Art Hive reaches new depths as it takes over MMFA's basement
IAN MCGILLIS firstname.lastname@example.org
Published on: May 6, 2017
Art Hives, a worldwide network of community spaces dedicated to art creation, now has a spot in the basement of the Montreal Museum of Fine Arts. "When given the right environment, people have a way of blossoming in the most amazing ways," says Janis Timm-Bottos, associate professor in creative arts therapies at Concordia University and a founder of the movement.
Think of an art institution on the scale of the Montreal Museum of Fine Arts and what probably comes to mind is a place to go for the respectful appreciation of great works. What you probably don’t tend to think of is creating art of your own within those same walls that exhibit Chagall and Warhol. But that perception is beginning to change. Art Hive, a worldwide network of community-access spaces dedicated to art-based inclusion, now has a space in the MMFA basement.
Dr. Janis Timm-Bottos, associate professor in creative arts therapies at Concordia University, first hatched what became the Art Hive concept 20 years ago in Albuquerque, N. M., where she had moved from her native Baltimore. At the time, she was shifting from being a physical therapist to an art therapist; feeling disillusioned with the American medical managed-care system, she became more involved with colleagues involved in health care for the homeless.
“We starting asking people, ‘You’re on the streets, we’re a medical facility, but what else can we do to support you in this social dilemma?’ ” Timm-Bottos recalled. “A lot of those people were artists, who said: ‘We know where to get materials, we have the skills, we just need a place.’ That whole idea of space is more critical than I ever would have imagined. When given the right environment, people have a way of blossoming in the most amazing ways.”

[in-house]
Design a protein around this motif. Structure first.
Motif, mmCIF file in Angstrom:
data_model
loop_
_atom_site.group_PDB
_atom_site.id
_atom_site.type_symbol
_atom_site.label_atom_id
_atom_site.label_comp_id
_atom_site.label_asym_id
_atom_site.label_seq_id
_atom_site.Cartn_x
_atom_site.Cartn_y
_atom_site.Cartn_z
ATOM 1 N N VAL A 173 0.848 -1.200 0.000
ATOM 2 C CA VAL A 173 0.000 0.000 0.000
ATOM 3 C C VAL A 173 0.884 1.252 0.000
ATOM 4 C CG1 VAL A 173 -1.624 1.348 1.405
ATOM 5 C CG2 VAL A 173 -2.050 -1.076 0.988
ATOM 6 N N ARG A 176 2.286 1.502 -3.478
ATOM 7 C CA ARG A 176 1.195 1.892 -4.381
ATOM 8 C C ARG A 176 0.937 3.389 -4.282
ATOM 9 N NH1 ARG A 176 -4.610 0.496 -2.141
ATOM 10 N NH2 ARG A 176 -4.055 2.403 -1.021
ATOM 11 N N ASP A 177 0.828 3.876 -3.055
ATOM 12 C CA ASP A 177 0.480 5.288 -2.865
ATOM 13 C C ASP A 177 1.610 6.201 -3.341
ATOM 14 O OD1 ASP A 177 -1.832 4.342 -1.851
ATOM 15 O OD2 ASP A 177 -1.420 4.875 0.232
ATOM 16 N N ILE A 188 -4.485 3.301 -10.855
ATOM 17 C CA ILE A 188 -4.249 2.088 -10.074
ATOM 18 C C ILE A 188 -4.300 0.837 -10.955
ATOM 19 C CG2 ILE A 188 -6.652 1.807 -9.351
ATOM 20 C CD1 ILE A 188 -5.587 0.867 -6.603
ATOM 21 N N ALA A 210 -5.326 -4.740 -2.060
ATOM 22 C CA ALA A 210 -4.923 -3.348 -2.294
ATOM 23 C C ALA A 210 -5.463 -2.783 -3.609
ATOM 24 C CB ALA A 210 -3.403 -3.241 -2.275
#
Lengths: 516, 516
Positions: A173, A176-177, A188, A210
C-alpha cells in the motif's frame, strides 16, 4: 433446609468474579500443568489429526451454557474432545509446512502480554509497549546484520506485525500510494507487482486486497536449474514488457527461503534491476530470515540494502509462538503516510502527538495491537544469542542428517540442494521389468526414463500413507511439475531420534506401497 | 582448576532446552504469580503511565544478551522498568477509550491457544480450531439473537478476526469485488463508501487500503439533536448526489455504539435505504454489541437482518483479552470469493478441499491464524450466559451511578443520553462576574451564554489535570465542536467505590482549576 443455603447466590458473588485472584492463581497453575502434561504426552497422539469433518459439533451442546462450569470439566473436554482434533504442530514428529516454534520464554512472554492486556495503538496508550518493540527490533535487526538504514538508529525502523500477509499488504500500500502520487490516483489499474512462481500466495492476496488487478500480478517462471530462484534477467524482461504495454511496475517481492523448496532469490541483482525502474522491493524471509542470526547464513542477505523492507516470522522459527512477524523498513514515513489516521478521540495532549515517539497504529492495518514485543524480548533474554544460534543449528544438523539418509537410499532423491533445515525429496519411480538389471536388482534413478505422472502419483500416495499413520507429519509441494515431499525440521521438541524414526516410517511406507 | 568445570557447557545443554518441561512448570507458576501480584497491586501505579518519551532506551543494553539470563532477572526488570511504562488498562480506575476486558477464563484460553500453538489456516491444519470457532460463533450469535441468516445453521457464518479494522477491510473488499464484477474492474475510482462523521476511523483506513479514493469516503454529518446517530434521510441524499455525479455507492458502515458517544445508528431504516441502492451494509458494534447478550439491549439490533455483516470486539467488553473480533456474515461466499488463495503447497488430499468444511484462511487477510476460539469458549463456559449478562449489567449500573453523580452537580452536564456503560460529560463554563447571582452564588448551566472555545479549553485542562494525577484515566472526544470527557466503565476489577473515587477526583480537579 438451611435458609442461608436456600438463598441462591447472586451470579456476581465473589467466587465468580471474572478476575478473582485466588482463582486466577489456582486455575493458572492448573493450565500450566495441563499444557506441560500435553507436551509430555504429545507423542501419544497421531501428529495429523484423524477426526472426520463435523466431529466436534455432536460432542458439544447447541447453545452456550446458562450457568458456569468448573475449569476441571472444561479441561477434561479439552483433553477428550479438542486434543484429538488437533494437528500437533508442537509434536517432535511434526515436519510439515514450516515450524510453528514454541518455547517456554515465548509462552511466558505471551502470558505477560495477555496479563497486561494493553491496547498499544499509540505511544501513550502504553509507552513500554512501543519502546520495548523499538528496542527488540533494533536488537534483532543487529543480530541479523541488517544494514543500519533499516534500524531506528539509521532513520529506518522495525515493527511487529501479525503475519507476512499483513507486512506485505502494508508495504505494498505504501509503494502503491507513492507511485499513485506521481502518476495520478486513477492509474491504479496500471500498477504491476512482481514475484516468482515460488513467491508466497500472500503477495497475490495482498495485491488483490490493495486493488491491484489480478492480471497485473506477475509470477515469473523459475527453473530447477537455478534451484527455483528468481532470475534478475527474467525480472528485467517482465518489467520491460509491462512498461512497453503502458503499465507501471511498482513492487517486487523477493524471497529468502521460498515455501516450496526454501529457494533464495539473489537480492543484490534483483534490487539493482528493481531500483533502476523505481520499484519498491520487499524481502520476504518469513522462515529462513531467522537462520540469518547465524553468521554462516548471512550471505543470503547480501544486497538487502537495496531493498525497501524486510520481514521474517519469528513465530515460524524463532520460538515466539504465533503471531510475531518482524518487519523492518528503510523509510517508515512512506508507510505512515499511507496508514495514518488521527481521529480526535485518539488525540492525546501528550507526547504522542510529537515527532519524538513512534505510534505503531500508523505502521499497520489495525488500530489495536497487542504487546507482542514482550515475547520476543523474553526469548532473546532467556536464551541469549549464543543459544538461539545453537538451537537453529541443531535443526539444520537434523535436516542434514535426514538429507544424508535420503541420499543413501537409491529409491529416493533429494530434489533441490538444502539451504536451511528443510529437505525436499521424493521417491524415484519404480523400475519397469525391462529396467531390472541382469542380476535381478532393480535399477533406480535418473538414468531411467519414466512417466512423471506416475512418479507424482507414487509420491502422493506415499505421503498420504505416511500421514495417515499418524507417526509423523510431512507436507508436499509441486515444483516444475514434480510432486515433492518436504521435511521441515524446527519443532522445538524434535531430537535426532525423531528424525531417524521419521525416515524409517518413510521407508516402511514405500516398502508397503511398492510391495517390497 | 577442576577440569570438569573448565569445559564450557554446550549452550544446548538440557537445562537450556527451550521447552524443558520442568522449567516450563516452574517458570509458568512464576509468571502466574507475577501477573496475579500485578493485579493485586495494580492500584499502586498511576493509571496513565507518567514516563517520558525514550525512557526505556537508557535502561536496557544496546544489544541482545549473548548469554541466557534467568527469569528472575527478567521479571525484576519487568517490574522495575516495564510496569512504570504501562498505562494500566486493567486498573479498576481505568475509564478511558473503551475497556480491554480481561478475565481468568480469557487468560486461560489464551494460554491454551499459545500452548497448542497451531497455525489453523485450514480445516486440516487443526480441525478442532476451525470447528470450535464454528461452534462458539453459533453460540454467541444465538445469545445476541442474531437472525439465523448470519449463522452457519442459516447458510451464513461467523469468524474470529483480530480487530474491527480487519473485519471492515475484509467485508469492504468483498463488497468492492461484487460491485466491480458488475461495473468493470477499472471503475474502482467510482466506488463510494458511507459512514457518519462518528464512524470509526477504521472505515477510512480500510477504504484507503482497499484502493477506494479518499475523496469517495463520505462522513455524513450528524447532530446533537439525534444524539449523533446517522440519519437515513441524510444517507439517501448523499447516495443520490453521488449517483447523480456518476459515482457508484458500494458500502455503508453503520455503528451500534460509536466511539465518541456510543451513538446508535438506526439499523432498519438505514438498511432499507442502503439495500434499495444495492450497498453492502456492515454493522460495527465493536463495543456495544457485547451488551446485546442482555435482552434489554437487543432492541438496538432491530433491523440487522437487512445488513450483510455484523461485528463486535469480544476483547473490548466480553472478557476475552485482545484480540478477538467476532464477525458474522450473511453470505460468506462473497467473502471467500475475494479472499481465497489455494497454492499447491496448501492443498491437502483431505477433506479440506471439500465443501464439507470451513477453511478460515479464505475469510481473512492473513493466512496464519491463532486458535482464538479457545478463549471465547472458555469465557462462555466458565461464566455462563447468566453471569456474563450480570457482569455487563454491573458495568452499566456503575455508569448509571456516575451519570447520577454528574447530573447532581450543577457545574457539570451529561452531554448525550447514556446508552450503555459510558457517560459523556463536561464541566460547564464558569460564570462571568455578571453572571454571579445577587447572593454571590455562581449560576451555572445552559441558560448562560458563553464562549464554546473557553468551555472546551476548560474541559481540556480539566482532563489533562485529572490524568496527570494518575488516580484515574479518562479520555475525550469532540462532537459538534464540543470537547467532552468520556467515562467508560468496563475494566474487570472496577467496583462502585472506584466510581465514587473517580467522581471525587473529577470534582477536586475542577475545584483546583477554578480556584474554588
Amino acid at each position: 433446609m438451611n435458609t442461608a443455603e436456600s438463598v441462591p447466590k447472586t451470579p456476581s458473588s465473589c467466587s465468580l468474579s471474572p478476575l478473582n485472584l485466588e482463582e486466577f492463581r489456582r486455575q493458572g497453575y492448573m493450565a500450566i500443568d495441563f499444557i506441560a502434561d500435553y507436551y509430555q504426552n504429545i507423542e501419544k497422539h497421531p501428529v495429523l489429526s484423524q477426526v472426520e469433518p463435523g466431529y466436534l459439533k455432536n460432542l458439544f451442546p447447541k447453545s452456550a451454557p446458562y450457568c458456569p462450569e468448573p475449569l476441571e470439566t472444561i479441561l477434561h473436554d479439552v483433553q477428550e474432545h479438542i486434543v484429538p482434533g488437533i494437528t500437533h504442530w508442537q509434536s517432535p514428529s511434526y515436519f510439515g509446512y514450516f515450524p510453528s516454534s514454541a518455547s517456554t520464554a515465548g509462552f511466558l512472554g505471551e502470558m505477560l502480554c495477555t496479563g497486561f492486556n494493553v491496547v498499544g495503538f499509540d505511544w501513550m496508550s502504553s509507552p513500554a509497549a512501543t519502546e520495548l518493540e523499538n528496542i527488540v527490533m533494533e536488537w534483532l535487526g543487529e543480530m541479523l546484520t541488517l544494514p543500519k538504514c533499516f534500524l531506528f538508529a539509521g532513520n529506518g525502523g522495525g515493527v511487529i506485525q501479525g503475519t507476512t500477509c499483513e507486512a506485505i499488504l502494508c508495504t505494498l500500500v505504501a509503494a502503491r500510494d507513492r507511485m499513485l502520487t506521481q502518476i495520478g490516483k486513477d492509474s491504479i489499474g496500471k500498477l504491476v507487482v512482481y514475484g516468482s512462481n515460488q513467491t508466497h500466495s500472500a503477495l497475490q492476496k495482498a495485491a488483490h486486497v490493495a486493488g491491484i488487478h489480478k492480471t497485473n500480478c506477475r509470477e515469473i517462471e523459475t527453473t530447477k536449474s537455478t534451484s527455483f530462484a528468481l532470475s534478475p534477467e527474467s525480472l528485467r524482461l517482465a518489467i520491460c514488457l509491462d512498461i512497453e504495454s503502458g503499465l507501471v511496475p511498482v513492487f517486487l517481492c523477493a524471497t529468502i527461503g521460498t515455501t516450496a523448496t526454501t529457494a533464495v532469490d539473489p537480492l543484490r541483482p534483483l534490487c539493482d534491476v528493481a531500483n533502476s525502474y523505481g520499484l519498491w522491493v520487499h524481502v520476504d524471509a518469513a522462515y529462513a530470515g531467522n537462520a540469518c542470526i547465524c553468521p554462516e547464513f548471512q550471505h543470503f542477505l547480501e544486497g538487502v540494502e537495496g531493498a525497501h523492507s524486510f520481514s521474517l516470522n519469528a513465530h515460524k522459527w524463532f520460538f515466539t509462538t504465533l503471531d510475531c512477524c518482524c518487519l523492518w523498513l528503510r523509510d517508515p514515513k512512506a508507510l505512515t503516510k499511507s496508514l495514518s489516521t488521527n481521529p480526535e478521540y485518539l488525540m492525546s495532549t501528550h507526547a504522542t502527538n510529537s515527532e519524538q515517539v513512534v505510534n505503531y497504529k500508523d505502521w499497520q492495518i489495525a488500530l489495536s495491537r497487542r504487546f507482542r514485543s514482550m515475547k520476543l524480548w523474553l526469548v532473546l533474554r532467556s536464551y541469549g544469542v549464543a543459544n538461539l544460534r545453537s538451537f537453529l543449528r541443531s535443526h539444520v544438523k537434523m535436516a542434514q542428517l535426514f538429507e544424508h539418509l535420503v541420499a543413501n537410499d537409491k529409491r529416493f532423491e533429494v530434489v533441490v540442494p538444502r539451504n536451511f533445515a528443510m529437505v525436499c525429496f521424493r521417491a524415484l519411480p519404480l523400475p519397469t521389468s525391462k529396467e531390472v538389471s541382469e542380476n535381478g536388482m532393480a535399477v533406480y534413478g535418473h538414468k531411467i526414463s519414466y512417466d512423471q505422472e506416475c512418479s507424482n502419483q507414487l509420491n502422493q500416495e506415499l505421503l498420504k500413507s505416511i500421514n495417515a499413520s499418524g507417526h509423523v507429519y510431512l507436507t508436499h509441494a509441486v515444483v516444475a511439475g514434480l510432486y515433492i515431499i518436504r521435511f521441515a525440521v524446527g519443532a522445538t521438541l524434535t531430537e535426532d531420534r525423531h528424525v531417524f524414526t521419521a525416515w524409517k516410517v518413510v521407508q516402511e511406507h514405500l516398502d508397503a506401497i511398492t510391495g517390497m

Moving to Canada when her Canadian husband retired, Timm-Bottos quickly began applying what she’d learned; in Montreal, where she took a position at Concordia, her efforts started with the still-thriving Ruche d’Art space in St-Henri. “It turned out there had been a place with the same name in the neighbourhood in the ’60s, a co-operative where women made crafts to support their families,” Timm-Bottos said. “This isn’t a new idea, this is something that goes back a long way in our culture.” From St-Henri, the idea spread organically around the city: there are now more than 30 Art Hive spaces in Montreal. What makes the newest space unique is that it marks the first time an Art Hive has been inside a museum. “This was two major institutions coming together, so it took some work,” Timm-Bottos said.
Situated as it is in the middle of a rich demographic mix – the well-to-do, city centre workers, students from nearby Concordia and McGill, longterm downtown residents struggling with rising rents and gentrification – the museum and its Art Hive space are in a perfect position to create a rare coming together of social streams that don’t normally mingle in such close quarters. What’s more, museum visitors from all over the world who see the space and return home talking about it make the location an ideal dissemination point.
Art Hive supplies make a pleasing visual in the basement space at the Montreal Museum of Fine Arts. PIERRE OBENDRAUF / MONTREAL GAZETTE
Stephen Legari, a graduate of Concordia’s creative arts therapy program, becomes the museum’s first full-time art therapist this month; his past experience has included work in alternative schools, with at-risk students, in addiction recovery, and with prison inmates.